38. teresa says:

    i’m speechless, this is such a cool dish! i love the fiddleheads, i have yet to try them.

    i need to get that article for my hubs so he can understand me better!

  39. Duchess says:

    Well now, you KNOW I’m luvin’ the fiddleheads!!!!

  40. Amy says:

    I’m laughing…but it’s with you, not at you. Seriously, is that piece of chicken really going to look better on a square plate, instead of a round plate. Lordy. But we eat with our eyes, right? So, we continue to obsess. And that money shot, is oh so satisfying.

    I think the number of cookbooks and shoes are tied for me. THAT’S scary.

    Great post, Joanne.

  41. Hannah says:

    Does this dish just scream “spring!” or what? Looks so simple, fresh, and tasty, I’d love to try it with vegan cheese….

  42. Kim says:

    I just read the NY times article and I must confess that I probably have a problem. I begin to get crabby if I can’t check my computer, catch up on my favorite blogs and check out what’s going on.
    I was excited to see that you cooked with the fiddleheads. I have never seen them, but would love to cook with them. (I would definitely take way too many picture of them too!)
    You and Natashya are seriously making me crave this wonderful and decadent pasta! It looks beyond delicious!

  43. Every time I see fiddleheads I laugh. Their so neat looking and remind me of something out of Tim Burton’s Nightmare Before Christmas movie. I love how you used them here – this looks totally decadent and delish.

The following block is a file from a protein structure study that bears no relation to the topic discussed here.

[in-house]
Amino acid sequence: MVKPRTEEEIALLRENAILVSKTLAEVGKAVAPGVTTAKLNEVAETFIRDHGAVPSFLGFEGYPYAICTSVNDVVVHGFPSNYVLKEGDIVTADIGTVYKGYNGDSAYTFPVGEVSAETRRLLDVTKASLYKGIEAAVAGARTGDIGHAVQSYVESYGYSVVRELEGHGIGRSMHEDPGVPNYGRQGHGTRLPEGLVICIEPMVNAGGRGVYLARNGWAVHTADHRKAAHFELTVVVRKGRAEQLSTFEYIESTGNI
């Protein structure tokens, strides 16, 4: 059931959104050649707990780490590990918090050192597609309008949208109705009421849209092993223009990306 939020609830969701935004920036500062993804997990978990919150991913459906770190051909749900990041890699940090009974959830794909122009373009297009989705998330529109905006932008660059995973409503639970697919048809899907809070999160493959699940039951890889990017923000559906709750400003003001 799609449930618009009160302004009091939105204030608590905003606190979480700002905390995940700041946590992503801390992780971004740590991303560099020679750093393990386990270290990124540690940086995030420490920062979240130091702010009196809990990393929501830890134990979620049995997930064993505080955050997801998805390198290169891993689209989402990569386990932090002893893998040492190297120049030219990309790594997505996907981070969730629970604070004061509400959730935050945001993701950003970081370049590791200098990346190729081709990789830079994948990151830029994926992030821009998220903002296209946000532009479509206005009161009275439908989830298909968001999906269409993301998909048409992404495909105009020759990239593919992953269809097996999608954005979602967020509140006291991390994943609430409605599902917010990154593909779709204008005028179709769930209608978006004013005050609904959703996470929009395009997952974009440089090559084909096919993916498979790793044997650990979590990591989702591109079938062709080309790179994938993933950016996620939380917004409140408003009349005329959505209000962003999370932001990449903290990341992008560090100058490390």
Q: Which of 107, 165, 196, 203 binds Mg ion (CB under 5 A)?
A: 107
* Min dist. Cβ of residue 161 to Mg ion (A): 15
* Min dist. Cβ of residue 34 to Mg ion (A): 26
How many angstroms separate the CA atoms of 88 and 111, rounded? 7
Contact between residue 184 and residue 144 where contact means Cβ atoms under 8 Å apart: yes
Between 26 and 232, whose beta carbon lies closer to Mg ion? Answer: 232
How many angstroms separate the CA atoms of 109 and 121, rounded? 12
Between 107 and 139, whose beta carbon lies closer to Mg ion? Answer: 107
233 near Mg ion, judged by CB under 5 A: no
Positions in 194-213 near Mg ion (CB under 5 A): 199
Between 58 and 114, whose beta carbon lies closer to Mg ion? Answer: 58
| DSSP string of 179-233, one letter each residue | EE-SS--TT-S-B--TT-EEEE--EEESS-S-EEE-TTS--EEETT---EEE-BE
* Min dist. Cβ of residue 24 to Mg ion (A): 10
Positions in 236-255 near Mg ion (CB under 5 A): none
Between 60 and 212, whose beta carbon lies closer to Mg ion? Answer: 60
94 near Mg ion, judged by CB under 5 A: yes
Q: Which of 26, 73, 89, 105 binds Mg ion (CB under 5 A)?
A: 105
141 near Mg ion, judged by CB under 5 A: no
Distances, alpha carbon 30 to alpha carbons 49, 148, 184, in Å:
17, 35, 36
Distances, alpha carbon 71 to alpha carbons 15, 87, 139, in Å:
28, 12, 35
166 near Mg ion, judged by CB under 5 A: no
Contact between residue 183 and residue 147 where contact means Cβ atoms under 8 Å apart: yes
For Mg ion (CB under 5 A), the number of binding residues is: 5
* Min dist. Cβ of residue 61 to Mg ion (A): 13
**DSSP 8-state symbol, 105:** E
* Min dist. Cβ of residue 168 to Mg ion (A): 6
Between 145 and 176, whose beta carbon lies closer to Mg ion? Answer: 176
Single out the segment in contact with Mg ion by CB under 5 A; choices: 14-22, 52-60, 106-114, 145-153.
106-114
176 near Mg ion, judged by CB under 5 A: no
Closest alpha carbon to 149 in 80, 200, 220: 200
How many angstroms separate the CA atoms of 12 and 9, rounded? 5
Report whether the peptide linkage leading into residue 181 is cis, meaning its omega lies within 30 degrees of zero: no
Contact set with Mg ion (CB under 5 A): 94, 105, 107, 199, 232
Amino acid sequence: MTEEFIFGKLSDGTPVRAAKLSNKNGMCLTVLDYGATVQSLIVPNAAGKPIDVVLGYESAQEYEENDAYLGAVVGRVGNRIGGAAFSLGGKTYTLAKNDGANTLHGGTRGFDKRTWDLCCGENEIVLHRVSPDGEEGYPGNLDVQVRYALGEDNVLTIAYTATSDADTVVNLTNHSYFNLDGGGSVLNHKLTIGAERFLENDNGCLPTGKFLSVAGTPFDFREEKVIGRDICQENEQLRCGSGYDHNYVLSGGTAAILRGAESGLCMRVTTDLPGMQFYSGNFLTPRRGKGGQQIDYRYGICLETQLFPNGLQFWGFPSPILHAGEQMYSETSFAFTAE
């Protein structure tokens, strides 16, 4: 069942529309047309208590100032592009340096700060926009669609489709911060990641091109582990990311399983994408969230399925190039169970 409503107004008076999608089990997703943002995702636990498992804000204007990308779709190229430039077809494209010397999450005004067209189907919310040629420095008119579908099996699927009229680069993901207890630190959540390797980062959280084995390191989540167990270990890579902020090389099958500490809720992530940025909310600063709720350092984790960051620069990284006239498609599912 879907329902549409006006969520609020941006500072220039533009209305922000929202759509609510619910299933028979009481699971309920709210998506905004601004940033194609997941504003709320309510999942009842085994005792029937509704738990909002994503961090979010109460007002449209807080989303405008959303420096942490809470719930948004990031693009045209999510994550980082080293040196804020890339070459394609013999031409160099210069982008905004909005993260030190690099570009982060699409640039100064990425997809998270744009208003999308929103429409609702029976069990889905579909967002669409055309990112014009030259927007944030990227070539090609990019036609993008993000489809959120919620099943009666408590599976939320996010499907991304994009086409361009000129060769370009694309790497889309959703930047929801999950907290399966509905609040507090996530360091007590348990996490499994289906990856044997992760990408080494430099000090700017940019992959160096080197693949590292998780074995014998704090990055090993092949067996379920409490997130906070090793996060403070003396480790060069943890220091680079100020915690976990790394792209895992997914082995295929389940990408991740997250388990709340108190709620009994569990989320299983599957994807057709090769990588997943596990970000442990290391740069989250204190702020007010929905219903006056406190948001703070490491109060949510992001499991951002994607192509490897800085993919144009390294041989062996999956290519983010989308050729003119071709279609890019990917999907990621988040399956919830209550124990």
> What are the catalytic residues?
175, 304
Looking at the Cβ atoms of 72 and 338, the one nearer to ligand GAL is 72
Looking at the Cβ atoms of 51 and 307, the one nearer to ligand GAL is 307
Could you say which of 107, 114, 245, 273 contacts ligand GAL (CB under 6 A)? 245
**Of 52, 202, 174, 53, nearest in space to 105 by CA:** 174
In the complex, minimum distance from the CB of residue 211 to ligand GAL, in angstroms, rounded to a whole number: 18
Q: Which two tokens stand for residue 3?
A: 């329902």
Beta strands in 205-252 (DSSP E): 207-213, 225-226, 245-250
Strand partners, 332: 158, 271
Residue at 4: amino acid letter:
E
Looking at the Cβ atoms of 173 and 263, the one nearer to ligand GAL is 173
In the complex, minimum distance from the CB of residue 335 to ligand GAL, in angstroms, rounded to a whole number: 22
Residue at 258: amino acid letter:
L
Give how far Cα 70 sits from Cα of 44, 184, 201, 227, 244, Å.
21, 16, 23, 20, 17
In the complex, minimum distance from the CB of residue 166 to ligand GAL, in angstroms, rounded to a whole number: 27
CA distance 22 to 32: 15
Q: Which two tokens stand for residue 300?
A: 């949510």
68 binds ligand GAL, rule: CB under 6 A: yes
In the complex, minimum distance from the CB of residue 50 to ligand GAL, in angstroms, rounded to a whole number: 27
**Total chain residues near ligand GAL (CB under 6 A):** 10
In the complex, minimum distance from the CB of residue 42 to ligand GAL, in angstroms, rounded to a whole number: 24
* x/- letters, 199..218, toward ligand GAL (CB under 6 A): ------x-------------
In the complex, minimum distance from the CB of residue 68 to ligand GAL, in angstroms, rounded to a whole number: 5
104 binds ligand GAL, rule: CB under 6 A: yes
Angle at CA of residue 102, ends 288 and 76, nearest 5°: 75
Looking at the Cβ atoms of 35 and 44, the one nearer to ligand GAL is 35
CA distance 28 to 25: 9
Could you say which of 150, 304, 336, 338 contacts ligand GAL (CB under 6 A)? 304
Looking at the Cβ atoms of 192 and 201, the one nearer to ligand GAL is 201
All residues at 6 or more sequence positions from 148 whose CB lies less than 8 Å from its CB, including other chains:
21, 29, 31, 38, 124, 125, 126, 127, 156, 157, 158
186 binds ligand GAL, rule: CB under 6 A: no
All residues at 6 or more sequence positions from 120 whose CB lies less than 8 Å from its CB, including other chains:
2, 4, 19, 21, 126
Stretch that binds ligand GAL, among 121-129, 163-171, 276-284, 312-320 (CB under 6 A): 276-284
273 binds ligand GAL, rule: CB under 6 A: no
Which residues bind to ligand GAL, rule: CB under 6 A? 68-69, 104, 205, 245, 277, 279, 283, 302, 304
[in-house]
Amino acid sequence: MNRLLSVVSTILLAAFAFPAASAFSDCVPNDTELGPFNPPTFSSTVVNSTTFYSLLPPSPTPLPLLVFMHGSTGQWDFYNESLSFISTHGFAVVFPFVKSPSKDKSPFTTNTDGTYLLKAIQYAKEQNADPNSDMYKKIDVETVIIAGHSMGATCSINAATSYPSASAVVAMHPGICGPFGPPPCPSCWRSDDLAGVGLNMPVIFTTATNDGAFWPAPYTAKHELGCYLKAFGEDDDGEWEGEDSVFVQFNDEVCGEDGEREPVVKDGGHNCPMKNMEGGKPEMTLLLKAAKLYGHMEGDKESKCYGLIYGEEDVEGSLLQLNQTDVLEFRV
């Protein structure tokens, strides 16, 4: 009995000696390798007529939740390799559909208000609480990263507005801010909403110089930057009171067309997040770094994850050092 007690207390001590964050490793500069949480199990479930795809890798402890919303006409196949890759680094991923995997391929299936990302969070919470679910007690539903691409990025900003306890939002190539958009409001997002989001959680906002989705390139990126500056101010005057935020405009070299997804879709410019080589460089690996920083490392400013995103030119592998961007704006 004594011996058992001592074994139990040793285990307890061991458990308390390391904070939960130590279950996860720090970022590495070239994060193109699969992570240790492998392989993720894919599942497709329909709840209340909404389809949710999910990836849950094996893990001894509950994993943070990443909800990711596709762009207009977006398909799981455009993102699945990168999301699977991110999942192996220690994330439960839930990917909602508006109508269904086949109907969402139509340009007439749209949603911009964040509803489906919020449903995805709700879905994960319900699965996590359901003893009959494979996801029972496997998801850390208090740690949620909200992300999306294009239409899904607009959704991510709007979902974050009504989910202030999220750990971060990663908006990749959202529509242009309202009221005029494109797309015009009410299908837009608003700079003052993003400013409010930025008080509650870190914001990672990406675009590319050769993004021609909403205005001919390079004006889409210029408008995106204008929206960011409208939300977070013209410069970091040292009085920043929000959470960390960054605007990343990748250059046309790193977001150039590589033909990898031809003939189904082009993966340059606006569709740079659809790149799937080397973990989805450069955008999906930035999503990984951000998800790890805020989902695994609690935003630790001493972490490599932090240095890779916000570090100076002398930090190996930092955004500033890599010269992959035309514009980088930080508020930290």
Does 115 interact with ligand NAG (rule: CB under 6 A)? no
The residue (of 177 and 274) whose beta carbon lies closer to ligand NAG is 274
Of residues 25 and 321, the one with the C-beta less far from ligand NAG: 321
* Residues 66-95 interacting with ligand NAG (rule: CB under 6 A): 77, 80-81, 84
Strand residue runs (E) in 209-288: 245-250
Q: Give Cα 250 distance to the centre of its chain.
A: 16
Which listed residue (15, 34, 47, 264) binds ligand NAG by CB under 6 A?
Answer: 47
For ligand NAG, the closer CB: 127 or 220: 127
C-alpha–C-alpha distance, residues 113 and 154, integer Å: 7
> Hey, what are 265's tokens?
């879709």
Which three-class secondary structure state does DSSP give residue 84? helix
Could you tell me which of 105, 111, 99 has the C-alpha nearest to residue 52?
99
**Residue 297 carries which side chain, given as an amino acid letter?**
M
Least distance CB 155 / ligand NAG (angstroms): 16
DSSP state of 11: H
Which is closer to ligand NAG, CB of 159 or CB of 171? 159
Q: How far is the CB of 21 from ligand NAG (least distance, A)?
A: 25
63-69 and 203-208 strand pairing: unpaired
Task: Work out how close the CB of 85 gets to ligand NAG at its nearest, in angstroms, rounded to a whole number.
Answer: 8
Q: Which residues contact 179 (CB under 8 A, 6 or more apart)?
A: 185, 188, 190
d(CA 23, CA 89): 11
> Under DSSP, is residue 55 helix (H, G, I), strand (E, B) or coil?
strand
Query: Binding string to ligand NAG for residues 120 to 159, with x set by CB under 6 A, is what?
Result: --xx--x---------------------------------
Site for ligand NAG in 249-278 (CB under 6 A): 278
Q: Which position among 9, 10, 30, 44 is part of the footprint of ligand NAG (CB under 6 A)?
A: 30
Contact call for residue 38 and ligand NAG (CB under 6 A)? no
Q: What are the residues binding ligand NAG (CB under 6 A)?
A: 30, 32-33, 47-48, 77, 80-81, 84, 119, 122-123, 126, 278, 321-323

44. Pam says:

    Us food bloggers are an interesting breed aren’t we? I’ve never had fiddleheads but I want to try them, mostly so I can photograph them ;-). Your mac & cheese looks pretty and tasty.

  45. Mo Diva says:

    the dish is gorgeous!
    question, what do fiddelheads taste like? Im curious becuase they are gorgeous to look at… but cant bring myself to purchase on looks alone.

  46. Toni says:

    It’s kind of weird… to read about something weird…that one partakes in. It’s kind of voyeuristic actually. Voyeurism goes well with morning coffee.

  47. MaryMoh says:

    You took 44 pictures of the fern??? Now I’m laughing…haha 😀 You must have liked t so much. I love this type of ferns. We used to stir fry them with garlic and they are very delicious. We planted at our backyard and they just grew and spread very fast. We could have it whenever we want. I wish I can get them here!

  48. I love this post. I identify like 103%. At least the habit of walking all over the place in search of some obscure ingredient counterbalances the seven billion taste tests I do per recipe. Also this might become my dinner tonight, so thanks!

  49. that is so funny about the fiddle heads! very cute….love your recipe 🙂 of course you can’t go wrong with mac and cheese!

  50. elra says:

    I used to eat a lot of fiddlehead when I was growing up. Glad to know that starting to carry this at the nearby grocery store. Your dish look delish!

  51. Andreas says:

    Never heard of fiddleheads.
    But that’s the up-side of a compulsive hobby. It’s educational. 😉

    Can you also eat the fiddleheads when they have grown further, like barba di fratte?

  52. Juliana says:

    I never had fiddleheads…very interesting! You sure have a very fancy mac n cheese…looks fabulous…and the pictures came great…therefore it was worth taking so many pictures 😉

  53. Martha says:

    Wonderful and delicious I’m sure! I’ve never had the fiddleheads, really want to try them!

    I think I have “the problem” – I haven’t had hardly any time for blogging lately, made lots of boring food through April while I was doing the dollar a day challenge and now I am feeling quite anxious about the whole food blogging stuff – and I probably won’t see the light at the end of the tunnel until July with the way things have been going, maybe not even then ::pout::